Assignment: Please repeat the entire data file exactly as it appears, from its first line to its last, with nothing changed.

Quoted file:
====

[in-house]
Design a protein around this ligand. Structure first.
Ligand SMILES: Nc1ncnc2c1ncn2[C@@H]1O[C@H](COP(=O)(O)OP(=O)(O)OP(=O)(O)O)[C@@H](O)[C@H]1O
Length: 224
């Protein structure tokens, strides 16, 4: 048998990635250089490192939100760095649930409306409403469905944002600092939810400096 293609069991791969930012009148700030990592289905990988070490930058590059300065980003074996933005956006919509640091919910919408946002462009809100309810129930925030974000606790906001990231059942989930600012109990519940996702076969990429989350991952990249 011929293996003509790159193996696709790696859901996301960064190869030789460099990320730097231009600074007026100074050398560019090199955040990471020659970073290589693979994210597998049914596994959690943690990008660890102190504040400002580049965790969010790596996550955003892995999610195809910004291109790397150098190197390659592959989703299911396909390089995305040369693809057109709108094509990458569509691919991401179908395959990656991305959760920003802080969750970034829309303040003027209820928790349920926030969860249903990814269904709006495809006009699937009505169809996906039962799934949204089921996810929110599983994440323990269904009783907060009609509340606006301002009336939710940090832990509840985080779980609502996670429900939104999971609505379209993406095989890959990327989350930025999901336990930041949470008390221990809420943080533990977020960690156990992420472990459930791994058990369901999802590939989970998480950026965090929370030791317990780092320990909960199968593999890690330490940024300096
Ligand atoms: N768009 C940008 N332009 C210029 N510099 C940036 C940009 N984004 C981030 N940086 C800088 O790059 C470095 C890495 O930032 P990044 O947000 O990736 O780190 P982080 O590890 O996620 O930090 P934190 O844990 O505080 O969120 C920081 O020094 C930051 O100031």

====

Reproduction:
[in-house]
Design a protein around this ligand. Structure first.
Ligand SMILES: Nc1ncnc2c1ncn2[C@@H]1O[C@H](COP(=O)(O)OP(=O)(O)OP(=O)(O)O)[C@@H](O)[C@H]1O
Length: 224
């Protein structure tokens, strides 16, 4: 048998990635250089490192939100760095649930409306409403469905944002600092939810400096 293609069991791969930012009148700030990592289905990988070490930058590059300065980003074996933005956006919509640091919910919408946002462009809100309810129930925030974000606790906001990231059942989930600012109990519940996702076969990429989350991952990249 011929293996003509790159193996696709790696859901996301960064190869030789460099990320730097231009600074007026100074050398560019090199955040990471020659970073290589693979994210597998049914596994959690943690990008660890102190504040400002580049965790969010790596996550955003892995999610195809910004291109790397150098190197390659592959989703299911396909390089995305040369693809057109709108094509990458569509691919991401179908395959990656991305959760920003802080969750970034829309303040003027209820928790349920926030969860249903990814269904709006495809006009699937009505169809996906039962799934949204089921996810929110599983994440323990269904009783907060009609509340606006301002009336939710940090832990509840985080779980609502996670429900939104999971609505379209993406095989890959990327989350930025999901336990930041949470008390221990809420943080533990977020960690156990992420472990459930791994058990369901999802590939989970998480950026965090929370030791317990780092320990909960199968593999890690330490940024300096
Ligand atoms: N768009 C940008 N332009 C210029 N510099 C940036 C940009 N984004 C981030 N940086 C800088 O790059 C470095 C890495 O930032 P990044 O947000 O990736 O780190 P982080 O590890 O996620 O930090 P934190 O844990 O505080 O969120 C920081 O020094 C930051 O100031």